In 2003, ARF opened a 37,700-square-foot no-kill rescue shelter, which has helped place more than 21,000 dogs and cats into local homes over the past decade. ARF has also created a range of programs in which animals help children, at-risk teens, seniors, and military veterans.
As Tony La Russa’s career as a baseball manager flourished—he led teams to three World Series titles and was inducted into Major League Baseball’s Hall of Fame in 2014—the ARF story went national. “The great majority of people I have met over the last 10 to 12 years say hello to me as an ARF guy more than a baseball guy,” Tony tells Diablo. “And that becomes more true every year. Wonderfully true.”
We asked Elaine La Russa to explain ARF’s vision and journey.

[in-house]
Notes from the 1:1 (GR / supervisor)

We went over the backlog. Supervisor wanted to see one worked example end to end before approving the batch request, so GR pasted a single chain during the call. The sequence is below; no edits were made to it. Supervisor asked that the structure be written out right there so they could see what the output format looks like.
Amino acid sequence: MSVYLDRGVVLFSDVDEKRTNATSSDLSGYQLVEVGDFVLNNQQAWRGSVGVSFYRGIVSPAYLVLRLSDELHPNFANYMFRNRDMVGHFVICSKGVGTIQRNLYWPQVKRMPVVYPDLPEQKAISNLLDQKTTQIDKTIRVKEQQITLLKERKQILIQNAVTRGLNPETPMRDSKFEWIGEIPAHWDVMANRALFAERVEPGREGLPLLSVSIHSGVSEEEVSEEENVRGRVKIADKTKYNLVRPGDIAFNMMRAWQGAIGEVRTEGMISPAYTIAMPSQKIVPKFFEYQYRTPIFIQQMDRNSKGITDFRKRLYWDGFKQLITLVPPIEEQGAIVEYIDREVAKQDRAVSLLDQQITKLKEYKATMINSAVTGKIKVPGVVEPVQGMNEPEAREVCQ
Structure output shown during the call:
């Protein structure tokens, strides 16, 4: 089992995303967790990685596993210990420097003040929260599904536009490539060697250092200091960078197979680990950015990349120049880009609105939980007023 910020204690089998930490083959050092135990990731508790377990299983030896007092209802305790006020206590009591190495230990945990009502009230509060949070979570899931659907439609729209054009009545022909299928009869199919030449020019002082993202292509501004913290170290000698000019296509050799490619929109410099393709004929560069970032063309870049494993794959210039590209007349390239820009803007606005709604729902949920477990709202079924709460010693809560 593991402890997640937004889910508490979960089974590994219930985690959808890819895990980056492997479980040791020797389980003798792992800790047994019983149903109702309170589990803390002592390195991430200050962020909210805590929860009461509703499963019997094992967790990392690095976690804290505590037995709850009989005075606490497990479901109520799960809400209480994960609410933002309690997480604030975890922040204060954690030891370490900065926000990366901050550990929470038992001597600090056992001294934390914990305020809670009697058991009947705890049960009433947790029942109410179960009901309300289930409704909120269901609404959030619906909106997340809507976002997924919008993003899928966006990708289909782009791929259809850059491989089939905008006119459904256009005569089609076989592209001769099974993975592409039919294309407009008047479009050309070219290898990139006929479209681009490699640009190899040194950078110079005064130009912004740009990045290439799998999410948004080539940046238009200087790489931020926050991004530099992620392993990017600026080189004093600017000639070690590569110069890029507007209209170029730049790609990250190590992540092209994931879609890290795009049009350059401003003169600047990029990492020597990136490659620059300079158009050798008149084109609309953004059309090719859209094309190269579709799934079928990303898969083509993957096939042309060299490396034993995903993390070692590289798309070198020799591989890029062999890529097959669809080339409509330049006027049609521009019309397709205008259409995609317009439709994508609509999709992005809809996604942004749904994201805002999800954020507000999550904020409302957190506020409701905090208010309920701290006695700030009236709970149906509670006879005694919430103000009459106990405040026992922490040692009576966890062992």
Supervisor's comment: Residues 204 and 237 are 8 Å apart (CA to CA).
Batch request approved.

—As told to Peter Crooks
ARF started as a seed, not as a formed idea. The vision was always to do as much as we were financially able and physically able to do—and then do a bit more.
Tony and I had always donated to animal rescue groups wherever we lived. We were dirt-poor for a long time while Tony was in law school, but we always managed to send some money to animal-rescue causes in the area. As he had more success in his career, we were able to donate a bit more.
We came to the East Bay area when Tony was hired by the A’s in 1986. When we moved in, I called a local animal shelter and said that I had some things to donate—new sheets and towels still in the packaging. I was told they would not be able to reuse them because the facility did not have a washer and dryer. So I offered to buy a washer and dryer, and they said, “We’re not hooked up to electricity.”
That’s when I thought, I just need to do it myself. I was tired of running into dead ends. I realized that to start changing the world, I had to make a difference in this community.
I kept thinking that until I saw “Evie” run on the field during the [May 1990] game at the Coliseum. This black cat ran on the field, and the television announcers were making a joke about it, but you could tell by the body language that the cat was experiencing sheer panic. I knew we had to save that cat.